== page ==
Project Title: Iran, Multi Piece Identity
“He who knows one, knows none,” says Goethe. We can generalise this saying and say “he who knows only one thing, does not actually know that thing” or “he who knows only oneself, does not actually know the self.” The latter is the basis upon which I aim to investigate the concept of identity in my country, Iran.
Iran’s government since the 1979 revolution has put its people in a paradoxical life through depriving them of the concept of “the Other”, turning them into identity-less and lost beings despite their historical and cultural background.
It insists on only one religion, one costume (the obligatory Hijab), one way of life; it denies its citizens the right to be the Other, think about the Other and believe in the Other.
The consequence of such unification would be depriving the people of the right to know “the self”. “The Other” is not allowed to express itself, so no one will be able to know himself or herself either. “The self” represents itself only through the mirror of “the Other”; unfortunately, he who omits the Other is doomed to omit himself. The Other (thinking, being and living it) is forbidden to the post-revolutionary Iranian; the weak Other which is present in this country is not recognised and is usually banned.
The obligation to be partying on a specific day and lamenting on another, the ban on satellites, the filtering out of websites and social networks, obligatory Hijab, the ban on alcoholic drinks (the punishment for which is being lashed ) and etc. These issues are present in people’s private lives despite their legal and social boundaries. Therefore, people start to believe in a set of meaningless words; also, considering the fact that all of the above are against the laws recorded in the constitution of Iran, doing them will generate a sense of guilt in everyone’s mind and character. This is one major reason why people lose their identities and give in to a set of paradoxical actions some of which will be expounded on in the present paper. The government’s attempt to unify the society and its interference in the private lives of the people deprives the people of the possibility to express their real self in the outer surface of society; this is the process which will result in the fragmentation of the character and makes one unable to know the real “self”.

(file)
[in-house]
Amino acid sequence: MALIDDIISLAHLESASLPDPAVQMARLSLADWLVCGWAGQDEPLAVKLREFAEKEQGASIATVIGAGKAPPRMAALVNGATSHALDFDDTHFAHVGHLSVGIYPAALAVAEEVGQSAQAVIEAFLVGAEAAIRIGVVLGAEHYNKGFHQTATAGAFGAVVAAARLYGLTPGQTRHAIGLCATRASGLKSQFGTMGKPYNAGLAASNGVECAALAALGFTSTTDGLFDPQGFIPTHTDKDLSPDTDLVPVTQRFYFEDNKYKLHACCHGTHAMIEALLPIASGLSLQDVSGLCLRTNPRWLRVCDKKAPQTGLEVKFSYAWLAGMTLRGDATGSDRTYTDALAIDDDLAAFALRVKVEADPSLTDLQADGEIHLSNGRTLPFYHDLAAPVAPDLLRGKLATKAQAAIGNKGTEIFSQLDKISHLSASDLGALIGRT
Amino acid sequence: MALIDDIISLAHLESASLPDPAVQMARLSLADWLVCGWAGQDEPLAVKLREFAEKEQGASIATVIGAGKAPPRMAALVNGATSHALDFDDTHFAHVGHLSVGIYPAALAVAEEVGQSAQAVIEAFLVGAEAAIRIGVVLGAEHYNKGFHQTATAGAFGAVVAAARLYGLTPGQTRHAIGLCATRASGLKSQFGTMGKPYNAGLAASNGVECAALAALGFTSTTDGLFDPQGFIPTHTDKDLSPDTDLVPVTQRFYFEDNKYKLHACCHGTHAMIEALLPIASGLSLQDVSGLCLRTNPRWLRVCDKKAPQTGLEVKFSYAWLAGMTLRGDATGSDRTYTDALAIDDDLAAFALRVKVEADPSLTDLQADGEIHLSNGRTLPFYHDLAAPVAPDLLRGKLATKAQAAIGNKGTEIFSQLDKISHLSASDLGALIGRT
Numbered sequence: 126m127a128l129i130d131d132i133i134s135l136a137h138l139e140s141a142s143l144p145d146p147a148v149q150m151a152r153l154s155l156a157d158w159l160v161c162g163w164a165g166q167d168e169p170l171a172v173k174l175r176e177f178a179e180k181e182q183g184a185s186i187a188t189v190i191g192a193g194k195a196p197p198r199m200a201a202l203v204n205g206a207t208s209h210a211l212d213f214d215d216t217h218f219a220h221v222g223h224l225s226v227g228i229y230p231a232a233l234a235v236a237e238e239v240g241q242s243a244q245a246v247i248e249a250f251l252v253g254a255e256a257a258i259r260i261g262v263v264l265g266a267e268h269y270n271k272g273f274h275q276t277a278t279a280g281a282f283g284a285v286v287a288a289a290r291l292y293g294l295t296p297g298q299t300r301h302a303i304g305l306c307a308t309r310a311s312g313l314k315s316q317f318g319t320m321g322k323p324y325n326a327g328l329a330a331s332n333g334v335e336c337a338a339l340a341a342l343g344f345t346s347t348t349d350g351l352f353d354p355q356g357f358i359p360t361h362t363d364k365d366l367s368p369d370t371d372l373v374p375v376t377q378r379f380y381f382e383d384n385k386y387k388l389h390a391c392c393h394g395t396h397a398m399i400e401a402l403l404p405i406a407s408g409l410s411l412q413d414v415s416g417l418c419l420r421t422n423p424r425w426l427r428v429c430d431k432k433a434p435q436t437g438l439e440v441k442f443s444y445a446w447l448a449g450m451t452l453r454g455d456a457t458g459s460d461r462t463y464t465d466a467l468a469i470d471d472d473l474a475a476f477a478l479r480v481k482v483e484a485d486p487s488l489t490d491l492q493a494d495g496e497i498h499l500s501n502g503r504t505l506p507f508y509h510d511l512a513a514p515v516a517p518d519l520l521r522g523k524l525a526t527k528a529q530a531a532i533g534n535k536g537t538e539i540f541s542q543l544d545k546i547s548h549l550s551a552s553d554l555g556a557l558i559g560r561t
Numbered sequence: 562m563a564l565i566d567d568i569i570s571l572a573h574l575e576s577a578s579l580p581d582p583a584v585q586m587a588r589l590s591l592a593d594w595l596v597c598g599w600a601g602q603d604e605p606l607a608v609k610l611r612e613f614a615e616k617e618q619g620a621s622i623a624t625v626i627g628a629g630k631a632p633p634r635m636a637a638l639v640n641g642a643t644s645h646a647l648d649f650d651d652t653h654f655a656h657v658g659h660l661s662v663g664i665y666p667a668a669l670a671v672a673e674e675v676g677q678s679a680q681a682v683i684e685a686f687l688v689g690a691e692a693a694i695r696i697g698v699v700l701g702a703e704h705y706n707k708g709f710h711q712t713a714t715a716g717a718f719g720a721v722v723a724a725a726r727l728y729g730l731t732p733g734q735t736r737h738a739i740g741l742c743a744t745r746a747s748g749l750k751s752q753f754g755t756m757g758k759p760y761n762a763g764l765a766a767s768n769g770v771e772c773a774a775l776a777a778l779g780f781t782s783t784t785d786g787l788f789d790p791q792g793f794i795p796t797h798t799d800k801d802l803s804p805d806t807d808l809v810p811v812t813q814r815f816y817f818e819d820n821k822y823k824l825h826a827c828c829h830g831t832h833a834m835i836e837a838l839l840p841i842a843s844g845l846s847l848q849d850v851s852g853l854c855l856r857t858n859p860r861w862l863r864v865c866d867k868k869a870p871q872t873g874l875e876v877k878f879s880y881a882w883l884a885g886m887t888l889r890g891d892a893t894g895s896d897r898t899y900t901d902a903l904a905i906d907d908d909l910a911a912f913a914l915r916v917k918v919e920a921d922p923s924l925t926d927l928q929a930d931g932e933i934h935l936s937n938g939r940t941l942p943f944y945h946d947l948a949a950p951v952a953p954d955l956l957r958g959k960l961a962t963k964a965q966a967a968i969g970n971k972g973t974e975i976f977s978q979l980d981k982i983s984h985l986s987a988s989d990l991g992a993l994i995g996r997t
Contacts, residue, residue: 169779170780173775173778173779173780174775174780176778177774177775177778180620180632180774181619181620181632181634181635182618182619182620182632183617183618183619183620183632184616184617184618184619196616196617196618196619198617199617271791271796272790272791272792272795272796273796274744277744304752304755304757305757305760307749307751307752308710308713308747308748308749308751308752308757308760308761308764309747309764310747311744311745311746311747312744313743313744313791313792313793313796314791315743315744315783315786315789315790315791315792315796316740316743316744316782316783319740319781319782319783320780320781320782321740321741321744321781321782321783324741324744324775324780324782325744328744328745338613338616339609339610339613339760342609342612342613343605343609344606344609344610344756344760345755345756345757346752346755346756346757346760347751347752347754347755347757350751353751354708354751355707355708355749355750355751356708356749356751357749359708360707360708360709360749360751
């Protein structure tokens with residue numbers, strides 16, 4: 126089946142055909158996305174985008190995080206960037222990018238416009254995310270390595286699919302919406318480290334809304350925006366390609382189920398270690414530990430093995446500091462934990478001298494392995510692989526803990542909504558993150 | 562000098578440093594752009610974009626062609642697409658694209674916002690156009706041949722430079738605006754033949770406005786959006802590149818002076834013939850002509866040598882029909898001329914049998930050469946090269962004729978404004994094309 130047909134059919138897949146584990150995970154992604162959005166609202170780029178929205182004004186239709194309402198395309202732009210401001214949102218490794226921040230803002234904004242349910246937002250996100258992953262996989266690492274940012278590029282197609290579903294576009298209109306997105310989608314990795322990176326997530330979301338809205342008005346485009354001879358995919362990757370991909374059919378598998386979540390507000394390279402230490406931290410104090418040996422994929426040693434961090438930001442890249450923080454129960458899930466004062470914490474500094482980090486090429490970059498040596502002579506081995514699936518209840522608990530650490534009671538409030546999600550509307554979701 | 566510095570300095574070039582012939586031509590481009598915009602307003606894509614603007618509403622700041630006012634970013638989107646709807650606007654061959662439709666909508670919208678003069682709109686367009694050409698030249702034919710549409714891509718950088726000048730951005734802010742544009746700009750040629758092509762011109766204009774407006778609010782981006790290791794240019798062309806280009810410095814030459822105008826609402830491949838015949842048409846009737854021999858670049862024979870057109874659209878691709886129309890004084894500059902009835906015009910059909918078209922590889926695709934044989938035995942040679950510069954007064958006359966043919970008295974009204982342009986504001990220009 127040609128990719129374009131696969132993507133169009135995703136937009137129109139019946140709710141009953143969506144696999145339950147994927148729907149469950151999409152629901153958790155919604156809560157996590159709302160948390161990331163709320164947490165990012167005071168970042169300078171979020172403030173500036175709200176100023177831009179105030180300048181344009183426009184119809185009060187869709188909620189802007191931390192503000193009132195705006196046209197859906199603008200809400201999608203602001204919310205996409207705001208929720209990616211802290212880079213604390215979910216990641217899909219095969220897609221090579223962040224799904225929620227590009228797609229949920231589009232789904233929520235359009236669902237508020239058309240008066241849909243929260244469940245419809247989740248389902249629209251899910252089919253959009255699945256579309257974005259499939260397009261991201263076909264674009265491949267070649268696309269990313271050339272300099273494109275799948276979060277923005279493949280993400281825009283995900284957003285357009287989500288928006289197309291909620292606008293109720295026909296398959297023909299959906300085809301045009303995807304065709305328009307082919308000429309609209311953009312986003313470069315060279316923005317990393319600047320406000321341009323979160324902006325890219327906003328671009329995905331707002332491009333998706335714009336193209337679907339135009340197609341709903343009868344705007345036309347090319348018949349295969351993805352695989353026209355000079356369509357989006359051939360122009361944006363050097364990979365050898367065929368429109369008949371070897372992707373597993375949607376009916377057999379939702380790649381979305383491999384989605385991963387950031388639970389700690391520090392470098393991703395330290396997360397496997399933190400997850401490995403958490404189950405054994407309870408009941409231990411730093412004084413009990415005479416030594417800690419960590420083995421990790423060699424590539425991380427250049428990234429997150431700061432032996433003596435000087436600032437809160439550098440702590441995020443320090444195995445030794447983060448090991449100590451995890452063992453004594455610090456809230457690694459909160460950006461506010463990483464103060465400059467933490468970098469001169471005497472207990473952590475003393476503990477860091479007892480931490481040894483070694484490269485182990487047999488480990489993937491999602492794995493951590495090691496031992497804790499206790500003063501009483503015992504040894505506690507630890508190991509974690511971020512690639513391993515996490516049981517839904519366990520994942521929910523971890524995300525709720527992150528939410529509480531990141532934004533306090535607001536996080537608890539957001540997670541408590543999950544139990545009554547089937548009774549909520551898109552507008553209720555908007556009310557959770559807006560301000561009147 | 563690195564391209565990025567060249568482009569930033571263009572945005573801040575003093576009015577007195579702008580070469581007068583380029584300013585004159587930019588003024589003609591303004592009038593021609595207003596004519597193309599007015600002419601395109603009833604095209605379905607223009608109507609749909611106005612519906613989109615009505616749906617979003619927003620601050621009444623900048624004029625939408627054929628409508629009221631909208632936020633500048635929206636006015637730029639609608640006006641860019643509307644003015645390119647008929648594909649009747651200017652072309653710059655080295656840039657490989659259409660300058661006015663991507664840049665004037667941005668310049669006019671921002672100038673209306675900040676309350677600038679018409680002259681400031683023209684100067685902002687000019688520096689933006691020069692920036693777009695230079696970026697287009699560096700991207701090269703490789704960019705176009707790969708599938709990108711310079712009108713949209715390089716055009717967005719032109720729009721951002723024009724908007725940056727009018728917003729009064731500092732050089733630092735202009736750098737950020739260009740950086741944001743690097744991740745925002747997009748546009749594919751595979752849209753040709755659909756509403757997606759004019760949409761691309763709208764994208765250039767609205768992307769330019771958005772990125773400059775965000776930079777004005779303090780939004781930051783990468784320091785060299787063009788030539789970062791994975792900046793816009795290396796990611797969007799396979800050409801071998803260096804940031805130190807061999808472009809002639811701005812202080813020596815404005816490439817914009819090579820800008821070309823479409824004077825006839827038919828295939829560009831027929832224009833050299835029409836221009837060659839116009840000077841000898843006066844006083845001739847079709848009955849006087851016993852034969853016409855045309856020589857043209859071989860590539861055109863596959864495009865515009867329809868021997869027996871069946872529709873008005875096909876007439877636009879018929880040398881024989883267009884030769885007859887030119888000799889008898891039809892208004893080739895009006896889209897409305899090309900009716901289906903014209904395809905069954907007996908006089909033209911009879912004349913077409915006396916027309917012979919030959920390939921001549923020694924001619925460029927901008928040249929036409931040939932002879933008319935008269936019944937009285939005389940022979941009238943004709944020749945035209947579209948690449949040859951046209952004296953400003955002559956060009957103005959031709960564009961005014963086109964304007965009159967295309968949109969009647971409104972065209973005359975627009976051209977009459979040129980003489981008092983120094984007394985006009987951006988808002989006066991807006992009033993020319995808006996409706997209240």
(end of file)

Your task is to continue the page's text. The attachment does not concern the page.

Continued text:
Hashem Shakeri was born in Tehran, Iran, in 1988. He studied architecture in TAFE (New South Wales Technical and Further Education Commission of Australia) and also participated in the Photography Foundation Program at the same university. He began practicing photography in 2007 and started a professional career in documentary photography in 2010. Since then he has been working as a freelancer on a range of commissions and private projects in Iran, Turkey, Korea, Malaysia and France.
His main concern in documentary photography is to explore human relations and social justice. Through his photography, he tries to depict the lost identity of the modern man/woman.
Hashem Shakeri has been working as a photojournalist for various Iranian news agencies and newspapers since 2008. He has taken part in 50 national and international festivals and has won more than 10 awards, among them a “Commended Award” in the 2015 Ian Parry Scholarship and the Lucas Dolega Award 2016.
His works have been published in numerous publications around the world and he has been a member of the Iranian Photographers Society since 2010.
He has also had experience in making feature films and documentaries.